Spectator on facebook

Spectator on facebook

FOCUS SHORT

Slovaks support euthanasia

MORE than one half of Slovaks agree with allowing a seriously ill person to ask for his or her life to be ended with the assistance of a doctor. This is the result of a public opinion poll that the Focus agency conducted for the Freedom and Solidarity (SaS) political party, the SITA newswire reported in early September.

MORE than one half of Slovaks agree with allowing a seriously ill person to ask for his or her life to be ended with the assistance of a doctor. This is the result of a public opinion poll that the Focus agency conducted for the Freedom and Solidarity (SaS) political party, the SITA newswire reported in early September.

The poll showed that as many as 55.9 percent of the respondents agreed (17.7 percent) or somewhat agreed (38.2 percent) with the practice of euthanasia. More than one third (35.6 percent) were opposed or somewhat opposed to it, while 17.9 percent somewhat disagreed with it and 17.5 percent completely disagreed.

In general, 58.8 percent of the respondents think it is important to deal with the issue of euthanasia, the TASR newswire reported.

In terms of the religious affiliation of the respondents, 47 percent of those who consider themselves to be firm believers stated that the topic of euthanasia needs to be addressed in Slovakia. This opinion was shared by 61 percent of less firm believers, 63 percent of atheists and 57 percent of agnostics.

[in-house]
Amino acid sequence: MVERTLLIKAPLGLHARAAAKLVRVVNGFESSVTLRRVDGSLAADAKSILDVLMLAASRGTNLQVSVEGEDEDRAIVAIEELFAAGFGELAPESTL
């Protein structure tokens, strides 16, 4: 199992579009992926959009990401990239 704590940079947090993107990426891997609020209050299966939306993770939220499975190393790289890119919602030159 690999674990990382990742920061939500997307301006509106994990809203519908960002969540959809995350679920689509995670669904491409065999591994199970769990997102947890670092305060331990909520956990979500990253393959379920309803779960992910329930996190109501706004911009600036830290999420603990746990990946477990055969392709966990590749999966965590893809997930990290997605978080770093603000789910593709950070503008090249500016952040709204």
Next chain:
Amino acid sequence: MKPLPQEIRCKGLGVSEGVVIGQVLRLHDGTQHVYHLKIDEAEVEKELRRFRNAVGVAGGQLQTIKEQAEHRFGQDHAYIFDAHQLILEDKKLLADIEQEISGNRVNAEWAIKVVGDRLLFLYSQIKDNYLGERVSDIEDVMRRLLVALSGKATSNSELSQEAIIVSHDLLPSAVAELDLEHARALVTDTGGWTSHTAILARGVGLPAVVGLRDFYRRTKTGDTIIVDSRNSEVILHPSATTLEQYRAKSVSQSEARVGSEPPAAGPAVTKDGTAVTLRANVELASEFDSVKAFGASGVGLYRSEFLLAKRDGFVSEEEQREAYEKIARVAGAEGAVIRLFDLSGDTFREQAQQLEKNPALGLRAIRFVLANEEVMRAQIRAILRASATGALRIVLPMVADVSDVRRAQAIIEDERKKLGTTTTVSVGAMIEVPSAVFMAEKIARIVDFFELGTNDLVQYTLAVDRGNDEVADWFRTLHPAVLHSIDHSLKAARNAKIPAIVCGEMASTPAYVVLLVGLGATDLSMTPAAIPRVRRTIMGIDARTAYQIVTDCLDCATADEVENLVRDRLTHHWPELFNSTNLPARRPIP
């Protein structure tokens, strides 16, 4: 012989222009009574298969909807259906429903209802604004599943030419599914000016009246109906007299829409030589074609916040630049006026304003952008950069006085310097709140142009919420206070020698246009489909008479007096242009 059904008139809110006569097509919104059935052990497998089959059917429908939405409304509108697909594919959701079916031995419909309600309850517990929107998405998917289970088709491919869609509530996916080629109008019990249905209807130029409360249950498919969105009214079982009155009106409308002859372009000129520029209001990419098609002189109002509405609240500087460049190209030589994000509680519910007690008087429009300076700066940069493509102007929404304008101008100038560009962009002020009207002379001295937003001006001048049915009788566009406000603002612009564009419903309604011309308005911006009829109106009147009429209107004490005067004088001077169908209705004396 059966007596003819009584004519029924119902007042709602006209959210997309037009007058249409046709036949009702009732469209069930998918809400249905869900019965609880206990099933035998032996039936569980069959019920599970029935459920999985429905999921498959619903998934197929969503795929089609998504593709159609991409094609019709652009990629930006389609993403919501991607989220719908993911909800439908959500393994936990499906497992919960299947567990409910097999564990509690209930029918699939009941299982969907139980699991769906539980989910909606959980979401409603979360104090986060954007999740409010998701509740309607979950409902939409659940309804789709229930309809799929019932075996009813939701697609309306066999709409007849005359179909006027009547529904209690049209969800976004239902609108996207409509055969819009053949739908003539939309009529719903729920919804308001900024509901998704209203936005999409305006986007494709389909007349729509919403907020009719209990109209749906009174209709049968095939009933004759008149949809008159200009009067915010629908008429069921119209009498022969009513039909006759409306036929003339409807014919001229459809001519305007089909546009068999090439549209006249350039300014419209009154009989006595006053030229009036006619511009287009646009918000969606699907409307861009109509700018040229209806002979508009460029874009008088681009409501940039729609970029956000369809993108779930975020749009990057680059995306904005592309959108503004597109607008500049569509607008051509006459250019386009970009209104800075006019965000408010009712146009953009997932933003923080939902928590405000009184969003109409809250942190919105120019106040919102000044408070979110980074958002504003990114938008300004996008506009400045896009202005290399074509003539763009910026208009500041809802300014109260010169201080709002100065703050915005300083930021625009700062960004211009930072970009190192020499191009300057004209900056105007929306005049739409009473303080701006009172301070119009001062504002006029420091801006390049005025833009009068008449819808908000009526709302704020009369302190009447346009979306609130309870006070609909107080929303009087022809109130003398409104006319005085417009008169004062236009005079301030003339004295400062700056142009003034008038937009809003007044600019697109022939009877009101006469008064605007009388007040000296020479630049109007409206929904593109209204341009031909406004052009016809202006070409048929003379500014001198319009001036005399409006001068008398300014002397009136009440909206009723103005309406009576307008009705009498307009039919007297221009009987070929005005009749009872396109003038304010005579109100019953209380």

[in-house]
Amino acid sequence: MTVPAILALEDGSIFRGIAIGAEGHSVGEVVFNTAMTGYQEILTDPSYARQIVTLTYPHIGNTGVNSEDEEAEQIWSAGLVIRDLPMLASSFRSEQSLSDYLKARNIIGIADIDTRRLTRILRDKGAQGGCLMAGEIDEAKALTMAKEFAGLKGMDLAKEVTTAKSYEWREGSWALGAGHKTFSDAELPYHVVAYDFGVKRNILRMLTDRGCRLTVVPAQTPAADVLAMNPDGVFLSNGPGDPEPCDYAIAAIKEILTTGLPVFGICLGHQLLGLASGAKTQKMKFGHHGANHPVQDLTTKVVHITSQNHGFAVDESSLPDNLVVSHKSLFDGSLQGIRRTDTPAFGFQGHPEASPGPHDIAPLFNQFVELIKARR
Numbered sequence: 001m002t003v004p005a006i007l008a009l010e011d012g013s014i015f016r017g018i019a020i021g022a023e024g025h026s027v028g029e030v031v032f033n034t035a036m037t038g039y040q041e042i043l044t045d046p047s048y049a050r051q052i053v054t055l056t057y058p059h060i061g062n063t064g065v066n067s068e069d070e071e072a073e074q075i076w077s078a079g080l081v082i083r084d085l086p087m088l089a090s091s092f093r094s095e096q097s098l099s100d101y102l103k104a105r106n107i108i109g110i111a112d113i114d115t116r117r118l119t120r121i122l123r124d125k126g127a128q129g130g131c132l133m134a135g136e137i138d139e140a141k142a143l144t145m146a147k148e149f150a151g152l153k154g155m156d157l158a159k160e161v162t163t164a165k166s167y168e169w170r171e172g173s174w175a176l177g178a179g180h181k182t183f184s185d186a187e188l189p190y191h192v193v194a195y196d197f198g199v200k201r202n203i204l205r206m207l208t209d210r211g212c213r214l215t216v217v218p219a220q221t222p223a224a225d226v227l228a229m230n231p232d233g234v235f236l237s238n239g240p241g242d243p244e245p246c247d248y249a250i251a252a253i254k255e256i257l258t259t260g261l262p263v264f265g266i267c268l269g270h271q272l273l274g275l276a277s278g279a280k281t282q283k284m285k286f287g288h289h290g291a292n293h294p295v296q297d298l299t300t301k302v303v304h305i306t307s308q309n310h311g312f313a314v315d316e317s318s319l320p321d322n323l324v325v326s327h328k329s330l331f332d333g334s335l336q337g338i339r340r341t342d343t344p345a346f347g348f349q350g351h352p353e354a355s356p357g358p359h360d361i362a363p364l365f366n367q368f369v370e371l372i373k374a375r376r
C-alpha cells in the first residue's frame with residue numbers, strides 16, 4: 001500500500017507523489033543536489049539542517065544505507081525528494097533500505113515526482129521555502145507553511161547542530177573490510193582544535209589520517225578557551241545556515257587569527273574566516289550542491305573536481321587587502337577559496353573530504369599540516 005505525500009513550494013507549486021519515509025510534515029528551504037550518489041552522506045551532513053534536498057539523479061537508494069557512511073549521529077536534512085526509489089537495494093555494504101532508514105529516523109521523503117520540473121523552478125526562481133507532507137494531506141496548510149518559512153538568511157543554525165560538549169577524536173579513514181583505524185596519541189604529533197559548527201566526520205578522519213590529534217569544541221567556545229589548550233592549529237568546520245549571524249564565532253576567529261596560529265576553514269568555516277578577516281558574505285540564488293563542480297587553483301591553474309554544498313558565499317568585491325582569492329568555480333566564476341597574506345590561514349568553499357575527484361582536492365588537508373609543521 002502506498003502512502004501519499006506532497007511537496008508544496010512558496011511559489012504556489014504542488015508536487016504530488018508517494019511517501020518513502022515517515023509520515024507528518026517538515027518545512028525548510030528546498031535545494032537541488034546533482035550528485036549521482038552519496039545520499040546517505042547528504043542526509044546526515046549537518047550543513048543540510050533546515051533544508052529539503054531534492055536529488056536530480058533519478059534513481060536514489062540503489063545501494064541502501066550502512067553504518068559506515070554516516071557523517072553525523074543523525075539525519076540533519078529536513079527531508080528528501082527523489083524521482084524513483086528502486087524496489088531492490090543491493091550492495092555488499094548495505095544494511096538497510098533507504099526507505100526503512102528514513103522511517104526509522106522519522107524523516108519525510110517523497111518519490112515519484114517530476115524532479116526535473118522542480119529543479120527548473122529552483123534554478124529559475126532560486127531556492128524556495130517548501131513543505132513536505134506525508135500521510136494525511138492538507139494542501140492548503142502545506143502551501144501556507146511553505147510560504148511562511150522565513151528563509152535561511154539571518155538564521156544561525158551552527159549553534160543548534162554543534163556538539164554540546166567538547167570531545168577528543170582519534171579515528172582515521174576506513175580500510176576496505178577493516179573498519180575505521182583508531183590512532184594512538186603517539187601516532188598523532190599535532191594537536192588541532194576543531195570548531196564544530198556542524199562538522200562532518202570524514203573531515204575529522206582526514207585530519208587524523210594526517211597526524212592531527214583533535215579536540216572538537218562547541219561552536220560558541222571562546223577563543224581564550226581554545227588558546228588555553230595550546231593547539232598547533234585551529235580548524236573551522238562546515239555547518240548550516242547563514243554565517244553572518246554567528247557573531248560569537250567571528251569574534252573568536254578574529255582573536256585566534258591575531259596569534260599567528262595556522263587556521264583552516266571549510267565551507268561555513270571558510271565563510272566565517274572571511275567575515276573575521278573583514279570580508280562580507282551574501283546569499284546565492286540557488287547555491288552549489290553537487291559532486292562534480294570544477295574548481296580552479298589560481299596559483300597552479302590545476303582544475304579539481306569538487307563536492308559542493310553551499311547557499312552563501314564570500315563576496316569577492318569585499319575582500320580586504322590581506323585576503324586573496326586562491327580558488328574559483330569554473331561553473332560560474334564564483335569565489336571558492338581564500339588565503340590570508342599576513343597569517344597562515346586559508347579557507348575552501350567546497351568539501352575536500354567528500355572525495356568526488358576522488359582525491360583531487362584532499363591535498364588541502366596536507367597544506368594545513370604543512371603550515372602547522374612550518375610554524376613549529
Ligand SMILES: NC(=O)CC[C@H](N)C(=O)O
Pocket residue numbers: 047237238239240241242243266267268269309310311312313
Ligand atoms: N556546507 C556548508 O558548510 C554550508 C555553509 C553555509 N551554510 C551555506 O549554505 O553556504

The survey was carried out on a sample of 1,051 respondents aged 18 and over between July 22-29 and is in line with an SaS initiative to start a public debate on euthanasia in Slovakia. Euthanasia is not allowed in Slovakia.

Top stories

In praise of concrete

It was once notorious for its drab tower blocks and urban crime, but Petržalka now epitomises modern Slovakia.

Petržalka is the epitome of communist-era architecture.

Slow down, fashion

Most people are unaware that buying too many clothes too harms the environment.

In shallow waters, experts are expendable

Mihál says that it is Sulík, the man whom his political opponents mocked for having a calculator for a brain, who “is pulling the party out of liberal waters and towards somewhere completely different”.

Richard Sulík is a man of slang.

Blog: Exploring 20th century military sites in Bratislava

It seems to be the fate of military sites and objects in Bratislava that none of them were ever used for the purposes they were built for - cavernas from WWI, bunkers from WWII, nuclear shelters or the anti-aircraft…

One nuclear shelter with a capacity for several hundred people now serves as a music club with suitable name Subclub (formerly U-club).